# Definite Integral on Zero Interval

## Theorem

Let $f$ be a real function which is defined on the closed interval $\Bbb I := \closedint a b$, where $a < b$.

Then:

$\displaystyle \forall c \in \Bbb I: \int_c^c \map f t \rd t = 0$

## Proof

Follows directly from the definition of definite integral.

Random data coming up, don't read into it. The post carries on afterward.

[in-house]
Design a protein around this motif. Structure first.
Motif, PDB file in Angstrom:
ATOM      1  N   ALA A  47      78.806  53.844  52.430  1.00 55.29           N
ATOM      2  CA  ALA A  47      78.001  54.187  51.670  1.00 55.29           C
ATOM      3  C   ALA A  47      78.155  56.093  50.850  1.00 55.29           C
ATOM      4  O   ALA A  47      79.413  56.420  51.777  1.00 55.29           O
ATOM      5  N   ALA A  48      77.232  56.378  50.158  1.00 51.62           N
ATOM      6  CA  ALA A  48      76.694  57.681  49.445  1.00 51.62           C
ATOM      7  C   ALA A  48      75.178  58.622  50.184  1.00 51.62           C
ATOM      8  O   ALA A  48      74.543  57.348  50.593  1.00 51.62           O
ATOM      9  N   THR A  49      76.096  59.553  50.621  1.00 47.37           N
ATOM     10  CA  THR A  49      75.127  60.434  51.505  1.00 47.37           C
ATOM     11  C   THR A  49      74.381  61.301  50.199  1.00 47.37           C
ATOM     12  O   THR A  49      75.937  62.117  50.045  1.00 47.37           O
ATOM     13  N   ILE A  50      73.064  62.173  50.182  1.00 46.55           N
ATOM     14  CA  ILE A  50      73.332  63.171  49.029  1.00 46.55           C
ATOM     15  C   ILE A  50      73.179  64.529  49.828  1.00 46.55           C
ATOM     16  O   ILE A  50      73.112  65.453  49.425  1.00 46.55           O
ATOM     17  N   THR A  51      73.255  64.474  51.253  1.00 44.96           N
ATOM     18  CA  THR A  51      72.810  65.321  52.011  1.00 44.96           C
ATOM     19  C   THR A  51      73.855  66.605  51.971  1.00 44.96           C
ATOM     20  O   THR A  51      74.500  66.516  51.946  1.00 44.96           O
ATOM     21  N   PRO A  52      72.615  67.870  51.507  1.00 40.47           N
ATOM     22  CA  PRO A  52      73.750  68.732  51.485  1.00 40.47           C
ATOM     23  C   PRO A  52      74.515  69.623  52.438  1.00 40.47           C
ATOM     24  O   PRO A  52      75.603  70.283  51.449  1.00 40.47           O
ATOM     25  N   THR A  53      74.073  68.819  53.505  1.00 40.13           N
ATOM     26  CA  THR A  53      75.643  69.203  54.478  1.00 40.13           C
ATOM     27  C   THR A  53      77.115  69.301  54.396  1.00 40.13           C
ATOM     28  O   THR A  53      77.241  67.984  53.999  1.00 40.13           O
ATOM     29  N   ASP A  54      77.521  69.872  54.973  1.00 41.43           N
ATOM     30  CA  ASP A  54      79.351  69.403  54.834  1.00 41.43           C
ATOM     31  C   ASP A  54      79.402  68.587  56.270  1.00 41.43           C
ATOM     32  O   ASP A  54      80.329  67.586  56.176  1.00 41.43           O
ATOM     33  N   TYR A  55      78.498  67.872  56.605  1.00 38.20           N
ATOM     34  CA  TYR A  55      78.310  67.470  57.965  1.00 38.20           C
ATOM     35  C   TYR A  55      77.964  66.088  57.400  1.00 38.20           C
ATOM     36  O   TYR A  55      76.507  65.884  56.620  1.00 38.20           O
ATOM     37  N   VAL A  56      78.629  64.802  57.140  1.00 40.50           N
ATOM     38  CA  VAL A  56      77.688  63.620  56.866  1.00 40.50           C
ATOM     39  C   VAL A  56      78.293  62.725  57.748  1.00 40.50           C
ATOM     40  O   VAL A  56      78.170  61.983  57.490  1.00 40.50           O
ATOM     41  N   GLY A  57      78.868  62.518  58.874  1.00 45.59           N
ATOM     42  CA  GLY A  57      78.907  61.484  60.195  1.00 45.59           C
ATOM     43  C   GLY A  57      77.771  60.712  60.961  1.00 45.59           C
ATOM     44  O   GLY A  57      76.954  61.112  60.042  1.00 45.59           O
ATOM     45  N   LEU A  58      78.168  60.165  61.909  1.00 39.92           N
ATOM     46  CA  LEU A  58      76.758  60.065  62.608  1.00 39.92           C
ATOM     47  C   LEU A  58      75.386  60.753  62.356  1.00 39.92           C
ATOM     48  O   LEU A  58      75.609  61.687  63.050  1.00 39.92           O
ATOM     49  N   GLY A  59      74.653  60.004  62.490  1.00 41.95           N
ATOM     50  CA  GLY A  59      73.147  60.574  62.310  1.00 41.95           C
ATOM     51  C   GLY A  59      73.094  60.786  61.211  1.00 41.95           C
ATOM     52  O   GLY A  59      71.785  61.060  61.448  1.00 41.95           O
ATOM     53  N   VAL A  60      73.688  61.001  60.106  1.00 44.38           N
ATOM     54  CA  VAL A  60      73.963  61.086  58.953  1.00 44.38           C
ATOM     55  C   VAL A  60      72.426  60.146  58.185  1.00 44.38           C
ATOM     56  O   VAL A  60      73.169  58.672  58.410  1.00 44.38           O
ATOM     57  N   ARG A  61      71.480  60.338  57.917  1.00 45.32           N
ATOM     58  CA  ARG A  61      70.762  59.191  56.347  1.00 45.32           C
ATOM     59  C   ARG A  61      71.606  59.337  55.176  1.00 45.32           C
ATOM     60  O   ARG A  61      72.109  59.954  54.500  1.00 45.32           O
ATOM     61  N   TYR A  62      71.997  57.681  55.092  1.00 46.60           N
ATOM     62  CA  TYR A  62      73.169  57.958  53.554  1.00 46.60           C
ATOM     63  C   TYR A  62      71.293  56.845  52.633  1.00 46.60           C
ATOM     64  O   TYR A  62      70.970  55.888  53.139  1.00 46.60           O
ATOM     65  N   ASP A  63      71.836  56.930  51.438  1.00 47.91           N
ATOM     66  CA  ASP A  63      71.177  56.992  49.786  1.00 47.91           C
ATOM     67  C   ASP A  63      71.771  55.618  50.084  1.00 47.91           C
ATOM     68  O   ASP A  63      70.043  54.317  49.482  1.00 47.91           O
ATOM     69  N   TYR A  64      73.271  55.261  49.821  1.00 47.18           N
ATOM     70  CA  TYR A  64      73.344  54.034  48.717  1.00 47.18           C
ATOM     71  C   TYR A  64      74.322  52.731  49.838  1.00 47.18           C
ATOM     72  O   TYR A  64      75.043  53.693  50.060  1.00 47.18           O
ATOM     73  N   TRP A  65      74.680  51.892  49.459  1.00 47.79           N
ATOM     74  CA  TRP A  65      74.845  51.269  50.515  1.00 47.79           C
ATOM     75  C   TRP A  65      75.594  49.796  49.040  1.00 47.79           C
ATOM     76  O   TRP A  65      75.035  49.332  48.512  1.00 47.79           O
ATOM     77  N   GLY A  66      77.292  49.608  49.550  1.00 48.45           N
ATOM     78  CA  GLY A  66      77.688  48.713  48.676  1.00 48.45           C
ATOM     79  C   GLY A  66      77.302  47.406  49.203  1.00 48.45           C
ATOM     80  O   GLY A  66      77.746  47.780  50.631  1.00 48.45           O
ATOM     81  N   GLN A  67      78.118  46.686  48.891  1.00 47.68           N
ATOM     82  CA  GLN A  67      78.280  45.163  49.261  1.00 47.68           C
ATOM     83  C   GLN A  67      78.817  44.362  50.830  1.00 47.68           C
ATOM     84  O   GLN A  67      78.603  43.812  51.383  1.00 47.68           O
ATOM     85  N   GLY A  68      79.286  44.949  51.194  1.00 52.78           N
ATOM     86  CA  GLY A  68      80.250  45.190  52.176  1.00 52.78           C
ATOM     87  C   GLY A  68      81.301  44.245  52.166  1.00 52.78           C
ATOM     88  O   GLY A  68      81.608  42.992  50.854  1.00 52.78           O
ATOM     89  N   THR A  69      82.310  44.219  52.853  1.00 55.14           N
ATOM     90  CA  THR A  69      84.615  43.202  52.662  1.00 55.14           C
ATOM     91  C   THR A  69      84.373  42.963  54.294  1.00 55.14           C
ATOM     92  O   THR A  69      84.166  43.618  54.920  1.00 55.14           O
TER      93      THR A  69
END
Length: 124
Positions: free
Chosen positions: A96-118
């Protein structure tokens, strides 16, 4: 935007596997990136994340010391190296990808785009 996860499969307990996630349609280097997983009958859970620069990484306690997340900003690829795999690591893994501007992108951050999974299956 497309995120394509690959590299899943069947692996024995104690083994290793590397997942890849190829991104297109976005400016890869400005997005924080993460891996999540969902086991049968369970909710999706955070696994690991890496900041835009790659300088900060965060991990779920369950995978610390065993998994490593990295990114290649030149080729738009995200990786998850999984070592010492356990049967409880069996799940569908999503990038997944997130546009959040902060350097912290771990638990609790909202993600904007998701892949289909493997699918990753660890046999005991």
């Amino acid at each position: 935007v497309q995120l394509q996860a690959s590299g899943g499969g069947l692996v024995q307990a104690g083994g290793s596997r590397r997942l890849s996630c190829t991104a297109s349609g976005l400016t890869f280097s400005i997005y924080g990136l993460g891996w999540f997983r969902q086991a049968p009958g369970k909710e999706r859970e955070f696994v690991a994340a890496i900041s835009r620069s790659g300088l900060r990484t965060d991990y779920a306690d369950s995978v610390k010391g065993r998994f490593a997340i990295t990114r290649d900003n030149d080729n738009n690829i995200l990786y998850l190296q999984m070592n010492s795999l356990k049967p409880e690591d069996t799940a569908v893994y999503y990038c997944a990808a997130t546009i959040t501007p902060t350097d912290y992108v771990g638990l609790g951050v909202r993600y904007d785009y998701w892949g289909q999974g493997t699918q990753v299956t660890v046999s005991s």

There is only one finite subdivision of $\closedint c c$ and that is $\set c$.

Both the lower sum and upper sum of $\map f x$ on $\closedint c c$ belonging to the finite subdivision $\set c$ are equal to zero.

Hence the result.

$\blacksquare$